If you blame Native American communities for their poverty, remember that the entire continent was stolen from them.
If you blame Black American communities for their relative poverty, remember that Black Americans were stolen from a continent, trafficked, and enslaved for nearly 300 years.
Tell me again about how your family ‘started from nothing’ when they immigrated. Didn’t they start from whiteness? Seems like a pretty good start.
The American Dream required dual genocides, but tell me again about fairness and equal opportunity. Tell me about democracy, modeled after the Iroquois Confederacy. Tell me your proud heritage, and I will show you the violence that made it so.
Best line to be quoted, “didn’t they start from whiteness?”
White Americans always think racism is a feeling, and they reject it or they embrace it. To most [white] Americans, it seems more honorable and nicer to reject it, so they do, but they almost invariably fail to understand that how they feel means very little to black Americans, who understand racism as a way of structuring American culture, American politics, and the American economy.
Jane Smiley, Say it Ain’t So, Huck: Second thoughts on Mark Twain’s “Masterpiece” (Harper’s Magazine, 1996)
This is perfect.
“Can people of color be racist?” I reply, “The answer depends on your definition of racism.” If one defines racism as racial prejudice, the answer is yes. People of color can and do have racial prejudices. However, if one defines racism as a system of advantage based on race, the answer is no. People of color are not racist because they do not systematically benefit from racism. And equally important, there is no systematic cultural and institutional support or sanction for the racial bigotry of people of color. In my view, reserving the term racist only for behaviors committed by whites in the context of a white-dominated society is a way of acknowledging the ever-present power differential afforded whites by the culture and institutions that make up the system of advantage and continue to reinforce notions of white superiority. (Using the same logic, I reserve the word sexist for men. Though women can and do have gender-based prejudices, only men systematically benefit from sexism.)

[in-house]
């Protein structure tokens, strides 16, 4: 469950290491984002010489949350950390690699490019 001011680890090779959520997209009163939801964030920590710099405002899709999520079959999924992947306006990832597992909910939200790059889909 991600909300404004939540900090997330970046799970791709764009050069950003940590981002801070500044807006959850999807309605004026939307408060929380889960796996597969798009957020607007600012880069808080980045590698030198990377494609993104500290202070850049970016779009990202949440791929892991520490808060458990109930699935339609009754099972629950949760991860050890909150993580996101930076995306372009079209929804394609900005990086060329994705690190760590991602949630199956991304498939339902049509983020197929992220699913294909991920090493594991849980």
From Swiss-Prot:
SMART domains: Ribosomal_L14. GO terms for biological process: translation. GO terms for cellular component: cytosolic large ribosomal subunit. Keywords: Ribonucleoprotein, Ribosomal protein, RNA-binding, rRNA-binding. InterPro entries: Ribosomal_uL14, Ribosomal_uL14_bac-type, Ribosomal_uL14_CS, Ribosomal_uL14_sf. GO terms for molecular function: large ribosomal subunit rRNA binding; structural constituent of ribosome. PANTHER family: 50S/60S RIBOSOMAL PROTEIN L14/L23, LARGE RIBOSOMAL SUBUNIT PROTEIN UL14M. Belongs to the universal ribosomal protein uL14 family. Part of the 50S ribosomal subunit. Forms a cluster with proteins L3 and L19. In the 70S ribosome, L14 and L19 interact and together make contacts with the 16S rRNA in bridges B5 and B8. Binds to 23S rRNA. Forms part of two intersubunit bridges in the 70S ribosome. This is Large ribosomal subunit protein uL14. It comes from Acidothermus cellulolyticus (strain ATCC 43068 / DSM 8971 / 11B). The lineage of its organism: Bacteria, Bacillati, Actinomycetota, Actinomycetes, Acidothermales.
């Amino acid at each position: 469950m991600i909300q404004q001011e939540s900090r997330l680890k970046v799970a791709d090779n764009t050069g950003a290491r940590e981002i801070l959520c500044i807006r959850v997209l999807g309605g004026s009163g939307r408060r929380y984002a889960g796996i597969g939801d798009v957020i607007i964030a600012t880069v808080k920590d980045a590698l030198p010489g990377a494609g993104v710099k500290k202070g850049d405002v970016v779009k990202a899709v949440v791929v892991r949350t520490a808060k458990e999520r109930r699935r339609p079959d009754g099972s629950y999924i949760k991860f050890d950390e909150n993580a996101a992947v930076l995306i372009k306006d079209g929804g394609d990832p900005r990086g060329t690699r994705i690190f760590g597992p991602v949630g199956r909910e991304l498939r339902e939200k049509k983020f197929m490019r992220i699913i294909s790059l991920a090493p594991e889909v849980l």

— Paula S. Rothenberg- Race, Class, and Gender in the United States, eighth edition (via blaaargh)
Your society’s broken, so who should we blame? Should we blame the rich, powerful people who caused it? No, let’s blame the people with no power and no money and these immigrants who don’t even have the vote – yeah, it must be their fucking fault.
— the late Iain Banks (via sexgenderbody)
There are loving and intelligent Black boys sagging their pants, and there are hateful and ignorant ones in suits. We are taught to respect men, mostly White, in suits who commit atrocities everyday, but we have to demonize Black boys and men who sag their pants? And If we are really being honest, the suit has a far more violent, dangerous, and criminal past than sagged pants. Black boys and men who sag their pants have not come close to equaling the violence and criminality of White men in suits. It has never been about what Black people are, it has always been about what we are associated with, in this racist society, whether in a suit or sagging our pants.
— The Anti-Intellect Blog (via sonofbaldwin)
Not every white person is a racist, but the genius of racism is that you don’t have to participate to enjoy the spoils. If you’re white, you can be completely oblivious, passively accepting the status quo, and reap the rewards.
A very good definition of privilege.
Justice for Black people will not flow into society merely from court decisions nor from fountains of political oratory. Nor will a few token changes quell all the tempestuous yearnings of millions of disadvantaged Black people. White American must recognize that justice for Black people cannot be achieved without radical changes in the structure of our society. The comfortable, the entrenched, the privileged cannot continue to tremble at the prospect of change in the status quo.
Another problem with the sex positive movement is the idea that questioning the ethics of a fetish is always “kink shaming”. I think that whatever two adults do consensually is fine, but I also think that it’s important to critically examine why so many people fantasize about rape or have really racist sexual fantasies. Any sex worker can tell you that people have disturbing and fucked-up fetishes, and the idea that we shouldn’t question where those come from is ridiculous.
From a Friend of the Site.
We couldn’t have said it any better.